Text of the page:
Understanding the state of the forest canopy also has far-reaching implications for the rest of the ecosystem, as tree cover is critical to the survival of many species. For example, birds such as the native Iguaca parrot use the canopy to hide from predator hawks. The canopy also creates a cooler, humid environment that is conducive to the growth of tree seedlings and lizards and frogs that inhabit the forest floor. Streams that are cooled by the dense shade also make them habitable for a wide diversity of other organisms.

Yet by that same token, other plants and animals that were once at a disadvantage are now benefiting from changes brought about by the loss of canopy.

“Some lizards live in the canopy, where they thrive in drier, more sunlit conditions”, said herpetologist Neftali Ríos-López, an associate professor at the University of Puerto Rico-Humacao Campus. “Because of the hurricane those drier conditions that were once exclusive to the canopy are now extended down to the forest floor. As a result, those animals are better adapted to those conditions and have started displacing and substituting animals that are adapted to the once cooler conditions.”

“Who are the winners and losers in this new environment? That’s an important question in all of this”, said NASA’s Doug Morton. During the airborne campaign, he spent several days in the research plots of El Yunque taking three-dimensional images of the forest floor to complement the data from G-LiHT. He said it’s clear that the palms, which weathered the hurricane winds better than other broad-leafed trees, are among the current beneficiaries of the now sun-drenched forest. And that’s not a bad thing.

“Palm trees are going to form a major component of the canopy of this forest for the next decade or more, and in some ways they’ll help to facilitate the recovery of the rest of this forest”, Morton said. “Palms provide a little bit of shade and protection for the flora and fauna that are recolonizing the area. That’s encouraging.”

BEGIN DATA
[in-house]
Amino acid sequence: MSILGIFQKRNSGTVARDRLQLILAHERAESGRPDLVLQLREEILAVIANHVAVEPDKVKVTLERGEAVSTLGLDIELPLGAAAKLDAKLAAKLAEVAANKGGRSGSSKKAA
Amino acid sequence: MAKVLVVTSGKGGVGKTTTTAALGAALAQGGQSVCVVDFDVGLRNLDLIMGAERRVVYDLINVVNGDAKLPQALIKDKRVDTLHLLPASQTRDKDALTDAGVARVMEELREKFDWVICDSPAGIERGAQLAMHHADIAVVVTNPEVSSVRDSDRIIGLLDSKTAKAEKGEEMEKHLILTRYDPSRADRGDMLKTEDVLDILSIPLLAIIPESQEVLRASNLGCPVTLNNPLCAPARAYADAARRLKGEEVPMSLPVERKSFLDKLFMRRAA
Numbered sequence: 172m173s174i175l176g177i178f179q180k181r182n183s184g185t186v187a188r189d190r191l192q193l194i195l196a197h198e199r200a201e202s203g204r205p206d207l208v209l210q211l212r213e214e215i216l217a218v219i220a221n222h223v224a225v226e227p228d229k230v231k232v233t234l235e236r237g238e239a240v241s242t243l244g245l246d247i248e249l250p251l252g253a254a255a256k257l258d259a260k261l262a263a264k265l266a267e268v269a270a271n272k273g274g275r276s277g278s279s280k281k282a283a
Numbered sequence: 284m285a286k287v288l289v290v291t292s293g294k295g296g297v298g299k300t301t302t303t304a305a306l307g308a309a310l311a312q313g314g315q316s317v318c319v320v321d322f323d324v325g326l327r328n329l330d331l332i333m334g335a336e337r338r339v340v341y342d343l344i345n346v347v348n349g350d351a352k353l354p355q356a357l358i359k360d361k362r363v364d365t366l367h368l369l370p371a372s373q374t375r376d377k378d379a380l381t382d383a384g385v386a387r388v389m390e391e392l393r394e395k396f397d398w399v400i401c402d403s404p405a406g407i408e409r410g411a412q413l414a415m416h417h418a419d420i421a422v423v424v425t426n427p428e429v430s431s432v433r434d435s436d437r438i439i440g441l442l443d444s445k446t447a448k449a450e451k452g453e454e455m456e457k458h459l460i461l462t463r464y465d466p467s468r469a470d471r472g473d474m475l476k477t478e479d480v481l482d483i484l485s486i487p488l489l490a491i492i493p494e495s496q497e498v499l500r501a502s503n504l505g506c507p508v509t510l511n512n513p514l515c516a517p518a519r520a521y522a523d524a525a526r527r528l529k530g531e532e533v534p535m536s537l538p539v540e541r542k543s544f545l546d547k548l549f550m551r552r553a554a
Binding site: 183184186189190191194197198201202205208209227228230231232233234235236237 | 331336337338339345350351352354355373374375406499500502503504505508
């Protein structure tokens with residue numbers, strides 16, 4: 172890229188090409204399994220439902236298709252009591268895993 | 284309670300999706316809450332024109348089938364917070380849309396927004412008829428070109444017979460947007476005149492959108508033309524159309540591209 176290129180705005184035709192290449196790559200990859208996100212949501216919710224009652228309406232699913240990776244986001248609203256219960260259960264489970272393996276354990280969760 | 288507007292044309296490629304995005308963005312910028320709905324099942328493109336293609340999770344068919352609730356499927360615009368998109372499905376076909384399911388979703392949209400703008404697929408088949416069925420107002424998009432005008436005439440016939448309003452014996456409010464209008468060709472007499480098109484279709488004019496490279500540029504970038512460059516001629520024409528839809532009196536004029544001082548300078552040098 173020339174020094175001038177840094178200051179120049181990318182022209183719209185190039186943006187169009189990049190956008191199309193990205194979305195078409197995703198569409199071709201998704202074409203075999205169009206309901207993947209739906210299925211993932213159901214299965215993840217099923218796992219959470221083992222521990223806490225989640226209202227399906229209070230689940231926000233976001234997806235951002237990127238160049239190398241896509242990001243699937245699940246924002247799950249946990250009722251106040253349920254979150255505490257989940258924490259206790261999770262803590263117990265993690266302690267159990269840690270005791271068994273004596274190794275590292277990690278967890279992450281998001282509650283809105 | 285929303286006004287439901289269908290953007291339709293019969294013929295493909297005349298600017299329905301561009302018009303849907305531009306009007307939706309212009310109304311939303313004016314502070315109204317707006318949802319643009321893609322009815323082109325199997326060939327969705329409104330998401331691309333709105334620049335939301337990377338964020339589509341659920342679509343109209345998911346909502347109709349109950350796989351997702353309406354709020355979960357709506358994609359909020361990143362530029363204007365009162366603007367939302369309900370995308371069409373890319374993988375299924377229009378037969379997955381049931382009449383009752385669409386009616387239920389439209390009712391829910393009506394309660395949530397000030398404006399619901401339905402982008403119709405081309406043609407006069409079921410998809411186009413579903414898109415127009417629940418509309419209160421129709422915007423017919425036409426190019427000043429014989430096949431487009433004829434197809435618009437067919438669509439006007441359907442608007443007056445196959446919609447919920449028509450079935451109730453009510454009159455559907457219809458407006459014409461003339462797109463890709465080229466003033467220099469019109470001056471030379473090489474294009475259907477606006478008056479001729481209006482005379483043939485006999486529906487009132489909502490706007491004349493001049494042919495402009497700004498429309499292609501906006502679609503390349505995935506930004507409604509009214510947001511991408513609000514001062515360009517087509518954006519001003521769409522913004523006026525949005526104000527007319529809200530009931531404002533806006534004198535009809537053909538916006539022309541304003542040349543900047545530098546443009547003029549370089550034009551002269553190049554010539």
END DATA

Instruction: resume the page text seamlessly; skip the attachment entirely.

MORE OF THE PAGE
The implications of this research extend beyond the forest ecosystem, both in time and space, said Grizelle Gonzalez, a research ecologist with the U.S. Forest Service and project lead for the research plots in El Yunque. As an example, she pointed out that the hurricane caused the mountain streams to flood and fill with sediment that ultimately flowed into the ocean. Sediment can negatively impact the quality of the drinking water as well as the coral communities that fisheries depend on for both subsistence and commerce.

“It’s beautiful to see that so many federal agencies came together to collaborate on this important work because forests play a key role in everything from biodiversity and the economy to public health”, Gonzalez said.

G-LiHT data also has global implications. In July, the team heads to Alaska to continue surveying the vast forestland in the state’s interior to better understand the impacts of accelerated Arctic warming on boreal forests, which, in turn, play a key role in cooling Earth’s climate by sequestering carbon from the atmosphere. “G-LiHT allows us to collect research data at the scale of individual trees across broad landscapes,” Morton said. “Forests from Alaska to Puerto Rico are constantly changing in response to climate warming and disturbances such as fire and hurricanes.”

Hurricane Maria gave ecologists rare chance to study how tropical dry forests recover: here.

Scientist Brad Lister returned to Puerto Rican rainforest after 35 years to find 98 percent of ground insects had vanished. “We are essentially destroying the very life support systems that allow us to sustain our existence on the planet,” he said.

Global warming will increase the severity of hurricanes: here.

TRUMP PRAISES MARIA RESPONSE DESPITE HUGE DEATH TOLL Trump praised his administration for its controversial response to Hurricane Maria, calling it “an incredible unsung success.” Puerto Rican authorities recently increased the death toll linked to the storm from 64 to 2,975. [HuffPost]

Spacecraft New Horizons in Kuiper Belt


This 27 December 2018 video is called Spacecraft to go beyond Pluto on New Year’s Day cosmic rock flyby.

A 4 June 2018 Sky News video used to say about itself:

The New Horizons spacecraft is about to leave hibernation to begin preparations for its January 2019 flyby of the Kuiper Belt object (KBO) 2014 MU69, nicknamed “Ultima Thule”.

The flyby, set to occur in the early morning of January 1, 2019, will be the second for New Horizons, following its historic 2015 Pluto flyby.

It will also be the furthest flyby from Earth ever performed by a spacecraft.

Initial searches for a post-Pluto flyby target for New Horizons began in 2011, 4 years before its flyby of Pluto. The New Horizons team was aiming for potential KBOs around 50-100km in diameter.